By JASON COX
Of the Keizertimes
A young Keizer woman is using American newspapers and magazines to instill a love and habit of reading for children in Nicaragua.
Megan McCann has been in the country for just more than two years, departing from Keizer in August 2010. is completing her master’s at Gonzaga University in teaching English as a second language. She went to Nicaragua to teach public school in the town of Boaco, but has found even more fulfillment assisting in a scholarship program for underprivileged children with an aptitude and attitude for success.
It may sound elementary, but in this impoverished region, even the basics can be hard to come by.
“Materials are difficult to find here,” McCann said. “Most schools don’t have any textbooks or anything on the walls, so English materials are even harder to find.”
Called “Access,” the U.S. Embassy-sponsored program teaches English reading via dictionaries, textbooks and periodicals.
The students in Access get free textbooks and dictionaries as part of their participation in the program, but they have to do their part too: To stay in the classes, they must keep their grades up in both regular school and in Access. A typical student is between ages 14 and 17. Not only is McCann a teacher, she also served as an admissions officer, interviewing students who want to be part of the program.
“We’re working with teachers to be role models for their students, to show them how English has changed their lives and give them a better future,” McCann said.
As noted, textbooks can be hard to come by. The Nicaraguan government is working to fill the void, but it’s an expensive venture. In the meantime, her parents and others have sent in newspapers, books and magazines for students to practice their English.
“They love People magazine,” McCann noted, because they recognize the celebrities they’ve seen in movies and on television.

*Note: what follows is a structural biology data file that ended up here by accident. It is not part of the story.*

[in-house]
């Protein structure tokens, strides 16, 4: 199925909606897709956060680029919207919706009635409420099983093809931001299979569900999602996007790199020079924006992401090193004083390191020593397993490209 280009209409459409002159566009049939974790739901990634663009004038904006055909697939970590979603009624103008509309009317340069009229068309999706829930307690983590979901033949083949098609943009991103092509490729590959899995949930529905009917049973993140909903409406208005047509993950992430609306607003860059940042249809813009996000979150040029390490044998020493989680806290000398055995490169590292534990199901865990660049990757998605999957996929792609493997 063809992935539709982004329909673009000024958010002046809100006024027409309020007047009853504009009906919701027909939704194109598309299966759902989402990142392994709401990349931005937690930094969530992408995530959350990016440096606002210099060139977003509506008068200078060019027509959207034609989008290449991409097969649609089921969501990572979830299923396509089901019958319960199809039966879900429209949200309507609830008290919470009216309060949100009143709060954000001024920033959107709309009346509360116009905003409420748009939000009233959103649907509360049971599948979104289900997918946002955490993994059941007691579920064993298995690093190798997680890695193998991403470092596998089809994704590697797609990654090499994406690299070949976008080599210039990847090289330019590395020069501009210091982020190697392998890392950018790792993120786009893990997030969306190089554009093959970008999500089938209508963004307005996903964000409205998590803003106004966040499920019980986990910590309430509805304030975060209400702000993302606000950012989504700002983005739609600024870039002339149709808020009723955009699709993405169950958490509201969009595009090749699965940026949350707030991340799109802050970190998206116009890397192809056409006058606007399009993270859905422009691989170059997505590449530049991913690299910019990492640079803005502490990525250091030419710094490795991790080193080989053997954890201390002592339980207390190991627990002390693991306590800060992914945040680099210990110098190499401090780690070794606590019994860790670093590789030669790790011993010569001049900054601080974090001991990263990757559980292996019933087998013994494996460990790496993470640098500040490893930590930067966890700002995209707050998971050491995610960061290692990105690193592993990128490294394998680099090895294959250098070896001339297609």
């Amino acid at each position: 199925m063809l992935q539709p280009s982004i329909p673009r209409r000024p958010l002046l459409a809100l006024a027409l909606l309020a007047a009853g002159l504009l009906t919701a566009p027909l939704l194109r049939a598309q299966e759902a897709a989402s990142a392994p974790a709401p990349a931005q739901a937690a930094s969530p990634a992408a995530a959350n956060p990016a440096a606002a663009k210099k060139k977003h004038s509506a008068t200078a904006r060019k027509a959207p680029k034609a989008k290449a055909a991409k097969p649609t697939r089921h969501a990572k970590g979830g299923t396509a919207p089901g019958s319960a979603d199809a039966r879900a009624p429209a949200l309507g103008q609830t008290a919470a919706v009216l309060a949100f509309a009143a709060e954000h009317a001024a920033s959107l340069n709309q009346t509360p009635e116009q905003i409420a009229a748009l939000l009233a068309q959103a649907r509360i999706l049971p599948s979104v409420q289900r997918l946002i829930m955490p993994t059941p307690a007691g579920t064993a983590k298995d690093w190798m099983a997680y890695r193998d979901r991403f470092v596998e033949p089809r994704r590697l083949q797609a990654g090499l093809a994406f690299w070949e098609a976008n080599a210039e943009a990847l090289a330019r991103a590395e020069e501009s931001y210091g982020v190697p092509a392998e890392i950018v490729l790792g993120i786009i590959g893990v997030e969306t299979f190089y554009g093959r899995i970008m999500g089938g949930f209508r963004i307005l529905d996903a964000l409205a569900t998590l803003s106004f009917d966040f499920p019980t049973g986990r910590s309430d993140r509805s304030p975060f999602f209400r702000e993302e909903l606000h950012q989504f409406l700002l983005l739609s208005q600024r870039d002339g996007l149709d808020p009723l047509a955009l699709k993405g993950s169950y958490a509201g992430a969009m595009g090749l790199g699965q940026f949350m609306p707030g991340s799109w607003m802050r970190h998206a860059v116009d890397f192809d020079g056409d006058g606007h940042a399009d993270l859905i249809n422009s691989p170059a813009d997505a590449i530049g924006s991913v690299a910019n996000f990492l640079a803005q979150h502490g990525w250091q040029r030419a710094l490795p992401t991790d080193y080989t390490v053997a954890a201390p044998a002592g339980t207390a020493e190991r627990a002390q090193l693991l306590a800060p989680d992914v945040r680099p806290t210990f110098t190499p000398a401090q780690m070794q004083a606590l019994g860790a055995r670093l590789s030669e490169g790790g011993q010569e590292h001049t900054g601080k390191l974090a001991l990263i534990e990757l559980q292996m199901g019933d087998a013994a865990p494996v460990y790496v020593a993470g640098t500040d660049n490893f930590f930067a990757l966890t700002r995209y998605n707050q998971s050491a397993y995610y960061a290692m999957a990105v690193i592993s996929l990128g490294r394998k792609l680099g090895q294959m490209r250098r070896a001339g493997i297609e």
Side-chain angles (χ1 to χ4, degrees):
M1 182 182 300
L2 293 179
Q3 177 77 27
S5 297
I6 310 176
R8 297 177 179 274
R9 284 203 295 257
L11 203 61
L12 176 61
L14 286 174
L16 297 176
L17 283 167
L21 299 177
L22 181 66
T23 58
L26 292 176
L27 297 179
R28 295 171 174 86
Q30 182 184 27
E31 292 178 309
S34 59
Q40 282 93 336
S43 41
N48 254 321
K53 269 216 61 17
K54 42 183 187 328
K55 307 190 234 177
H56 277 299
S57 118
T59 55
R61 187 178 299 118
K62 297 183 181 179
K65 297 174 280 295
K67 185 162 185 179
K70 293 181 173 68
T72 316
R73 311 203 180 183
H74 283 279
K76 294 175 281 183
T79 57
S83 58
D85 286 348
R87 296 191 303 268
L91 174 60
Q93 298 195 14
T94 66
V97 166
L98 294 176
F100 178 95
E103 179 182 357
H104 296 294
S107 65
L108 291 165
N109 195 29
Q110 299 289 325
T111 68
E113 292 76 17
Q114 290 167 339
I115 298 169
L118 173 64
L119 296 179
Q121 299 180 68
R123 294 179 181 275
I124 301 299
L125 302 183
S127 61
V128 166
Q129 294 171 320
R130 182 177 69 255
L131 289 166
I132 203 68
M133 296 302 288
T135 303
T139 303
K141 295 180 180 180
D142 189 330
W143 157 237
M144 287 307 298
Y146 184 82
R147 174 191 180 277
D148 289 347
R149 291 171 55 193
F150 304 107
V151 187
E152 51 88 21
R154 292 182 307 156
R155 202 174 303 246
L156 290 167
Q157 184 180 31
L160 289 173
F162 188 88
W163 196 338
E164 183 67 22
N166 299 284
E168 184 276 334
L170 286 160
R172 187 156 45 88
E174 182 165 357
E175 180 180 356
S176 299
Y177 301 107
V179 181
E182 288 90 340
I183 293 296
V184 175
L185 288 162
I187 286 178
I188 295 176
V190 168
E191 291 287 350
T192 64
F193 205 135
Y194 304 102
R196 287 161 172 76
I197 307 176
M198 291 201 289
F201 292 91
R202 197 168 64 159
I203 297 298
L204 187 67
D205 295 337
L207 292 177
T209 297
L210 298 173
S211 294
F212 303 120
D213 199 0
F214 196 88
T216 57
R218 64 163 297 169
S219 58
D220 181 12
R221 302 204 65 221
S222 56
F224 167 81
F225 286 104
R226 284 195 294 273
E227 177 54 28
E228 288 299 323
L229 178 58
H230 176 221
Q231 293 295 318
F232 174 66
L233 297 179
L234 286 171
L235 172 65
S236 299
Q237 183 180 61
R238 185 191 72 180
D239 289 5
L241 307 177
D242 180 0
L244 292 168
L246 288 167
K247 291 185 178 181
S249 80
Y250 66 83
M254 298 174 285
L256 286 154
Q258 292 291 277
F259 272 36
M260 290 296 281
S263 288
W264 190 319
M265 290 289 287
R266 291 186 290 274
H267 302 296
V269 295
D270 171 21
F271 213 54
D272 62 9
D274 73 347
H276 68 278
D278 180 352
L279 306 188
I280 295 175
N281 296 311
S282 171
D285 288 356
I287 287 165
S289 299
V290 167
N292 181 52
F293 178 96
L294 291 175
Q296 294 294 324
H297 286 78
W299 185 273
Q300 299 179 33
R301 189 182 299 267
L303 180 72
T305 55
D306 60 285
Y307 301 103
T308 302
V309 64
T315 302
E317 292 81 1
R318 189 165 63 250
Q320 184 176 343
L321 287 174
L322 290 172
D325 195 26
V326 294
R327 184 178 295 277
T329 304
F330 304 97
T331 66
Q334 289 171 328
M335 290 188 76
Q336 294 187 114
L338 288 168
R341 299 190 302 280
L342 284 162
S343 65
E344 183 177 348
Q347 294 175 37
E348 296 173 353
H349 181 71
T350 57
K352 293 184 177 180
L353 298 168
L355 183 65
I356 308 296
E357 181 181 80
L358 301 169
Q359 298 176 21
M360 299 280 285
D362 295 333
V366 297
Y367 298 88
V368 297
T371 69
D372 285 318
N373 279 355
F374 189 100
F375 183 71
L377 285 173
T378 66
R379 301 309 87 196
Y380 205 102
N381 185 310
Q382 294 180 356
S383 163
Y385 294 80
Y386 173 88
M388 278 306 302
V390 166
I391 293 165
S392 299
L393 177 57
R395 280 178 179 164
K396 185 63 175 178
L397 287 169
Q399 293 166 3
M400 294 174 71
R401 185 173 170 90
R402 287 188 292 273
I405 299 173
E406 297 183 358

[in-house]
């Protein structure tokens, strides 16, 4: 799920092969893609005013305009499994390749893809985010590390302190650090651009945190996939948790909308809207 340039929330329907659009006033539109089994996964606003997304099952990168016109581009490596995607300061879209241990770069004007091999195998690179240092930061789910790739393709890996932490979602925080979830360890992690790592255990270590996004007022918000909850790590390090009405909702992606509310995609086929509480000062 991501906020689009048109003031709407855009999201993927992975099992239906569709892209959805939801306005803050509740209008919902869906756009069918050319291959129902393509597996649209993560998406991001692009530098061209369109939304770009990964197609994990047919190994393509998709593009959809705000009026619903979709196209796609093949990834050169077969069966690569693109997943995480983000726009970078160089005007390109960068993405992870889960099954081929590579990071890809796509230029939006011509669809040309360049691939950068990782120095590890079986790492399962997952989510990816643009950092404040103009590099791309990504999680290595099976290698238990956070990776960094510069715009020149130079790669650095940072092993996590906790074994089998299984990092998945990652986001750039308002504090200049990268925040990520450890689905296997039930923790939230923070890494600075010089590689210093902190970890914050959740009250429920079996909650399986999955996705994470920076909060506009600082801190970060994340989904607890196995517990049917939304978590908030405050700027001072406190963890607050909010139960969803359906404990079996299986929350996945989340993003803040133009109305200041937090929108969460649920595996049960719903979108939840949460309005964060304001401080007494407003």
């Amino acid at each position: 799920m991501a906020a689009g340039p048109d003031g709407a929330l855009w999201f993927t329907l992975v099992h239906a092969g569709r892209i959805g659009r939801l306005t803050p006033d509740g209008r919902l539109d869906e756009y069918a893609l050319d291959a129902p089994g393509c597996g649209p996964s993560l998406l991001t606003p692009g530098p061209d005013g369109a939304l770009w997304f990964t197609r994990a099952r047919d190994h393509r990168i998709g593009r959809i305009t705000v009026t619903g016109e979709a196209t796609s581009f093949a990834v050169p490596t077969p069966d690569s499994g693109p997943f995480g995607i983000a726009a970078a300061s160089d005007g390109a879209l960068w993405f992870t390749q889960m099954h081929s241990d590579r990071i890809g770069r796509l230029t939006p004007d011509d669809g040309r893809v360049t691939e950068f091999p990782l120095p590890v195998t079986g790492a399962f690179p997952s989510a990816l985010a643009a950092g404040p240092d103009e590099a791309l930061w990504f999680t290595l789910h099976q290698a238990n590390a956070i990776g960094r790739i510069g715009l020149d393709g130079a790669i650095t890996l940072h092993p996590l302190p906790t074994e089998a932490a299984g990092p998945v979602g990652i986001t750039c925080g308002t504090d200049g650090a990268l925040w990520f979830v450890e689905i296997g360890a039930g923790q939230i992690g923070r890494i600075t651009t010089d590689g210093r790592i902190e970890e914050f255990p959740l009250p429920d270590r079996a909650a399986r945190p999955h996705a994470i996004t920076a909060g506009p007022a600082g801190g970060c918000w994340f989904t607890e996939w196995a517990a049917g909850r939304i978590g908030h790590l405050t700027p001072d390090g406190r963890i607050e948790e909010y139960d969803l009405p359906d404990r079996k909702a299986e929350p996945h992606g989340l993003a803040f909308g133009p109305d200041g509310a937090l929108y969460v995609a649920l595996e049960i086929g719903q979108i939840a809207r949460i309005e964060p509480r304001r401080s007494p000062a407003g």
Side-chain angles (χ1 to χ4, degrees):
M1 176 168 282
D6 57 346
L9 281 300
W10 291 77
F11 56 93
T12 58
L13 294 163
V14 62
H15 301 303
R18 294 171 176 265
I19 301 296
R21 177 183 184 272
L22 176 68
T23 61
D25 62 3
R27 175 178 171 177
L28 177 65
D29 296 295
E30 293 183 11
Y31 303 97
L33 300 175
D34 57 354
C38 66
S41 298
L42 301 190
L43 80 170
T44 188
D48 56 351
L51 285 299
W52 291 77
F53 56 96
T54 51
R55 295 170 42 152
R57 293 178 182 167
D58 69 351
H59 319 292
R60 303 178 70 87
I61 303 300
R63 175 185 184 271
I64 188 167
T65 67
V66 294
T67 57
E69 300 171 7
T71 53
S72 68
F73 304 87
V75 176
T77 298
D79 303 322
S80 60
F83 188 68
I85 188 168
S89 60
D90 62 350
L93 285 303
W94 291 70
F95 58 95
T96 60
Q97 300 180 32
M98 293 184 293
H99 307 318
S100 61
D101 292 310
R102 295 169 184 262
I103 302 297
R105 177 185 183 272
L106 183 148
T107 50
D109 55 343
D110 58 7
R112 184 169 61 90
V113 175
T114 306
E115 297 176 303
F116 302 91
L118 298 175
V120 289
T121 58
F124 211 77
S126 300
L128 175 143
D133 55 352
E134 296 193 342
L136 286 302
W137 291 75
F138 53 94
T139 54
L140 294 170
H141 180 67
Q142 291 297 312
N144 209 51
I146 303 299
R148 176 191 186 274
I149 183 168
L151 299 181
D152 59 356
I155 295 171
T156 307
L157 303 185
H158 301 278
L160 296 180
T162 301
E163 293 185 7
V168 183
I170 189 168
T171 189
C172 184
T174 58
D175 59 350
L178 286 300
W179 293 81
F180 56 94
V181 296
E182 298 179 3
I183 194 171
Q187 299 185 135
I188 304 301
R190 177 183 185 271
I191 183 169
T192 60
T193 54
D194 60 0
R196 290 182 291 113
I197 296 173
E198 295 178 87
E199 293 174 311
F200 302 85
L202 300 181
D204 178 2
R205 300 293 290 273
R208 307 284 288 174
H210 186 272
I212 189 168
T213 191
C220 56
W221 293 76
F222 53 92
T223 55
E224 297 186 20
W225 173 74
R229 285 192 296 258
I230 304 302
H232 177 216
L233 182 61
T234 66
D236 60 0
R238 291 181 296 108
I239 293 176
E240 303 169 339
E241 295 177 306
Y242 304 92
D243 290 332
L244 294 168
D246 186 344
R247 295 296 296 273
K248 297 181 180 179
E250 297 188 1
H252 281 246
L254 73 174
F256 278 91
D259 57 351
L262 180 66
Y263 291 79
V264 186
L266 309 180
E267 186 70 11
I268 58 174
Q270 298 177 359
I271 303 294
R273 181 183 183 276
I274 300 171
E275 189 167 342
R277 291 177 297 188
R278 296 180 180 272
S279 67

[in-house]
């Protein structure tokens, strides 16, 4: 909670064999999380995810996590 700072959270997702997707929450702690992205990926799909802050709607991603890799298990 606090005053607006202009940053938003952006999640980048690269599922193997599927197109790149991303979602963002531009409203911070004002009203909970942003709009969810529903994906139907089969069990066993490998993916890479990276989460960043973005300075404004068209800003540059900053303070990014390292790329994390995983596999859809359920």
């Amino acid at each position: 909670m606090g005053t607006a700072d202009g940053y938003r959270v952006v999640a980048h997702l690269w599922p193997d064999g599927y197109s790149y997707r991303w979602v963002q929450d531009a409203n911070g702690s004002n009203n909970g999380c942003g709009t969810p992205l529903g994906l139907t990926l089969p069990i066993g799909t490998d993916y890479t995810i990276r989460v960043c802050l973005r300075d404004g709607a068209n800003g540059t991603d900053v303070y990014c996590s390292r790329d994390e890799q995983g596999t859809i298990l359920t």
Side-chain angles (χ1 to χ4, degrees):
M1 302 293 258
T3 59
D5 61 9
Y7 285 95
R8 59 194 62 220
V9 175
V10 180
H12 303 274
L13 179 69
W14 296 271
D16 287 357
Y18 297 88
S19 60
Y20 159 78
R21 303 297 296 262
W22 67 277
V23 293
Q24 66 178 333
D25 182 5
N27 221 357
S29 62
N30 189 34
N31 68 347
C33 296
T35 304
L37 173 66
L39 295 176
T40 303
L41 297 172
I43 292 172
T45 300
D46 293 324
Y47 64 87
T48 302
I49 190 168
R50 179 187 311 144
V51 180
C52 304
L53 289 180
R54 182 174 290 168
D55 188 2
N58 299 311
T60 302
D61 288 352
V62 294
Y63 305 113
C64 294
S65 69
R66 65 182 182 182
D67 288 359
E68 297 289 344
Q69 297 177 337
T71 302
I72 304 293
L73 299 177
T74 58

On some days, students may scour the pages for people with the same name as their classmates. The sports section is popular among the boys, she said, especially when it includes stories about baseball and soccer. One student in particular is challenging herself to the point that McCann brought in her own books for the girl to study.
On one trip, she managed to bring in a more current magazine – just seeing a recent date energized some of the students, she said. Advertisements bring their own questions.
“It’s a little different for them,” she said, noting that prices were likely to seem very expensive.
McCann lives with a host family in the country, and will be finished with her assignment in November. She plans to visit Carolina Ortega in Peru. Ortega attended McNary High School for a year as part of the Rotary Club’s exchange program.
McCann is grateful for the experience, but admits there’s one aspect she won’t miss: Being a visible face in the crowd, just because of what she looks like.
“It’s strange walking around and having people stare at you all the time,” she said. “It still happens even though I’ve been there for two years.”
She graduated from McNary High School in 2005 and Western Oregon University in 2009.